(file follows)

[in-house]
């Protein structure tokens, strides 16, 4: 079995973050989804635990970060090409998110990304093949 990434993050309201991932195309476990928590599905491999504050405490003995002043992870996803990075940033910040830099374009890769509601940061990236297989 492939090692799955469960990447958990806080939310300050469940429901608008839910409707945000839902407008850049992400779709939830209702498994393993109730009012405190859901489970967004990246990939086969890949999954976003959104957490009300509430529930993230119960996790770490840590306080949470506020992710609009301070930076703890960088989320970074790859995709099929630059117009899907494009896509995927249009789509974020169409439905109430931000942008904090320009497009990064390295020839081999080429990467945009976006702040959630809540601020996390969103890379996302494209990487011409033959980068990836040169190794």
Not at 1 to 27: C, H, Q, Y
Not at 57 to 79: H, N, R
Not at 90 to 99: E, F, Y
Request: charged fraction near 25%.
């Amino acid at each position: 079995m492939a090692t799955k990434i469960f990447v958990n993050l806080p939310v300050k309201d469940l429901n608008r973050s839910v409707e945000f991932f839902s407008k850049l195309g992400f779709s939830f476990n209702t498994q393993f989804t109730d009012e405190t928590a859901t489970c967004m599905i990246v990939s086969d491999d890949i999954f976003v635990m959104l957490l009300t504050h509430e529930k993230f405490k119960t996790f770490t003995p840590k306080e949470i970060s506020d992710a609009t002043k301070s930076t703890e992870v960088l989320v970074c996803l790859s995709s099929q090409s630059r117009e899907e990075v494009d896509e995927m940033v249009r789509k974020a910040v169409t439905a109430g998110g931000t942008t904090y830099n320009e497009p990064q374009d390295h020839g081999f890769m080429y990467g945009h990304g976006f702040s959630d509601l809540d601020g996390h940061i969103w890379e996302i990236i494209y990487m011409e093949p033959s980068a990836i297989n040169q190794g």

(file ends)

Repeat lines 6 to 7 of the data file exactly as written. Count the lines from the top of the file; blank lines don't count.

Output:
Request: charged fraction near 25%.
């Amino acid at each position: 079995m492939a090692t799955k990434i469960f990447v958990n993050l806080p939310v300050k309201d469940l429901n608008r973050s839910v409707e945000f991932f839902s407008k850049l195309g992400f779709s939830f476990n209702t498994q393993f989804t109730d009012e405190t928590a859901t489970c967004m599905i990246v990939s086969d491999d890949i999954f976003v635990m959104l957490l009300t504050h509430e529930k993230f405490k119960t996790f770490t003995p840590k306080e949470i970060s506020d992710a609009t002043k301070s930076t703890e992870v960088l989320v970074c996803l790859s995709s099929q090409s630059r117009e899907e990075v494009d896509e995927m940033v249009r789509k974020a910040v169409t439905a109430g998110g931000t942008t904090y830099n320009e497009p990064q374009d390295h020839g081999f890769m080429y990467g945009h990304g976006f702040s959630d509601l809540d601020g996390h940061i969103w890379e996302i990236i494209y990487m011409e093949p033959s980068a990836i297989n040169q190794g």